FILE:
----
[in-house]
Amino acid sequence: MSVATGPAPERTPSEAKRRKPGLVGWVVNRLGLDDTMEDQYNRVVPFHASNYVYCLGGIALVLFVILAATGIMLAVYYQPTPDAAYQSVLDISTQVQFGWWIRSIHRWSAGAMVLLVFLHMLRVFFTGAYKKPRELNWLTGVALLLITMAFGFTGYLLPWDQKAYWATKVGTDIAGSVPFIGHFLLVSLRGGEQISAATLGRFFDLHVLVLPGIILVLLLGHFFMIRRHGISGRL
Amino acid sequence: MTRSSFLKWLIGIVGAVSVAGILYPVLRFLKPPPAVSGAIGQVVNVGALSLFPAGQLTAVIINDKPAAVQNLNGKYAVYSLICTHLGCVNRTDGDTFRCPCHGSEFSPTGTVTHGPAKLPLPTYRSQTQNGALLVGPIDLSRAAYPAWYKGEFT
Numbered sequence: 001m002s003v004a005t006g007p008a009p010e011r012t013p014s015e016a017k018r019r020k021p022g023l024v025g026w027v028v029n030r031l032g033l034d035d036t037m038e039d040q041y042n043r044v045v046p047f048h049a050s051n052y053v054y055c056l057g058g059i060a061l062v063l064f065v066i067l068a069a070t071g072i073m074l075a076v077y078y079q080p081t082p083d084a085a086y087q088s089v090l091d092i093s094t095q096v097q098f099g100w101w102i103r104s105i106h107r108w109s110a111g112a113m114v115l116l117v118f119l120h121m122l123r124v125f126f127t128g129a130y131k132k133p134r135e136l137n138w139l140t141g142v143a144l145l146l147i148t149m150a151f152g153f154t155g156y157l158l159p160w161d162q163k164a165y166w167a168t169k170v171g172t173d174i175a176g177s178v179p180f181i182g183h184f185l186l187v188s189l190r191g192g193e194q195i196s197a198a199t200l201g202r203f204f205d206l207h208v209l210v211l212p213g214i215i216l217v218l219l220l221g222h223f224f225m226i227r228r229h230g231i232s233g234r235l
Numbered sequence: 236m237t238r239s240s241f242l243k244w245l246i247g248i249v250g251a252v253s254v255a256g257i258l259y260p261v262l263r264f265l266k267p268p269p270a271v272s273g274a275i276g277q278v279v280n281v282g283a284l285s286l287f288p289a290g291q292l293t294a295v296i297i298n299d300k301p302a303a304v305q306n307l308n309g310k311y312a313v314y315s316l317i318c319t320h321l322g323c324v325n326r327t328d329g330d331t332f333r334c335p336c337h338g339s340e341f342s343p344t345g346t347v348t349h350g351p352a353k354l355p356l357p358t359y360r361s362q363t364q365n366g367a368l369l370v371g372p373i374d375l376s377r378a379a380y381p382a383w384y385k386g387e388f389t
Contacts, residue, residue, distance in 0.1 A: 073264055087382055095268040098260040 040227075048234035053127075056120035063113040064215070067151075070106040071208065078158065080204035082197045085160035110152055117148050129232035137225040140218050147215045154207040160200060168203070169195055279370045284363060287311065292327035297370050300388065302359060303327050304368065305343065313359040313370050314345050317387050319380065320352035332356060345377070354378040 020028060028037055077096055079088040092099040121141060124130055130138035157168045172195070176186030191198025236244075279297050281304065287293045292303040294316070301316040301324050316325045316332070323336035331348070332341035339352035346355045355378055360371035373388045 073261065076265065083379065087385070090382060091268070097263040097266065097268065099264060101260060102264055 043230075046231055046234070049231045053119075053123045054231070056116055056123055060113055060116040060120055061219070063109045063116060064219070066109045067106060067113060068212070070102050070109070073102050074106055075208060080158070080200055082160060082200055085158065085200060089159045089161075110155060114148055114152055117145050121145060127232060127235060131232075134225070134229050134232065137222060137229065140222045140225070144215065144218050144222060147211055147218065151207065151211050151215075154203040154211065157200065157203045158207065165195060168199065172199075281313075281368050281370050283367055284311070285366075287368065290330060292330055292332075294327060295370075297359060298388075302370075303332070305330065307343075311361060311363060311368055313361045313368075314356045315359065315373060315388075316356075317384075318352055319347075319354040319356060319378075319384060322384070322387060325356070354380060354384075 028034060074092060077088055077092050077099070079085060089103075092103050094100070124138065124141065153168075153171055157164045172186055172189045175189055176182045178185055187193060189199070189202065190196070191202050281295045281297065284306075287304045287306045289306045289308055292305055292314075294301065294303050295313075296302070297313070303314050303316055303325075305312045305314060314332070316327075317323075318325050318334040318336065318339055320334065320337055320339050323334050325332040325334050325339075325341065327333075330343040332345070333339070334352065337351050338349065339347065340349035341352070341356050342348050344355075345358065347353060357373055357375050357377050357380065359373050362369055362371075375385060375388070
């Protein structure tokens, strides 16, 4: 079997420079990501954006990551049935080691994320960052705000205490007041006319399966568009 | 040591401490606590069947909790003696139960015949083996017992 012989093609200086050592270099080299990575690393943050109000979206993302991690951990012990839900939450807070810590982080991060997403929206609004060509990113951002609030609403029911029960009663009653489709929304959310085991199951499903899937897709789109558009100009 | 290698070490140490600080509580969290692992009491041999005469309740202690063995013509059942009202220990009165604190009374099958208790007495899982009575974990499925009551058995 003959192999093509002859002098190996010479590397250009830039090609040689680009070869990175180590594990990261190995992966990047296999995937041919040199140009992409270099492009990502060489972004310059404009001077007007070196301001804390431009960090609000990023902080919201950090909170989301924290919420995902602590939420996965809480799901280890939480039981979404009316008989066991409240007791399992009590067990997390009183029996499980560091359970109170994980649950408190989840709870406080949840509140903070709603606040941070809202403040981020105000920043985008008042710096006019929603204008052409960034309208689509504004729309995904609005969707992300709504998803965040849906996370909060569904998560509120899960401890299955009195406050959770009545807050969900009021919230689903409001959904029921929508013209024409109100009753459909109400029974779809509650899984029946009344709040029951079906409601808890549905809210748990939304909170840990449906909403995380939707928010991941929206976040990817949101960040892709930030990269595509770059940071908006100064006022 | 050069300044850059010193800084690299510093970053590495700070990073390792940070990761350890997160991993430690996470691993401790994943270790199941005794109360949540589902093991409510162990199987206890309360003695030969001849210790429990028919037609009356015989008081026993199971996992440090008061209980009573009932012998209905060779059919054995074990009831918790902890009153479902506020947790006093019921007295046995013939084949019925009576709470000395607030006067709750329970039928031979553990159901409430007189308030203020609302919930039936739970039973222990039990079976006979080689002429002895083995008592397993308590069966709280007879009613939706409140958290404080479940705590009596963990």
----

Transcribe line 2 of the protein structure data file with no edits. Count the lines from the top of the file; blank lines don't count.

Amino acid sequence: MSVATGPAPERTPSEAKRRKPGLVGWVVNRLGLDDTMEDQYNRVVPFHASNYVYCLGGIALVLFVILAATGIMLAVYYQPTPDAAYQSVLDISTQVQFGWWIRSIHRWSAGAMVLLVFLHMLRVFFTGAYKKPRELNWLTGVALLLITMAFGFTGYLLPWDQKAYWATKVGTDIAGSVPFIGHFLLVSLRGGEQISAATLGRFFDLHVLVLPGIILVLLLGHFFMIRRHGISGRL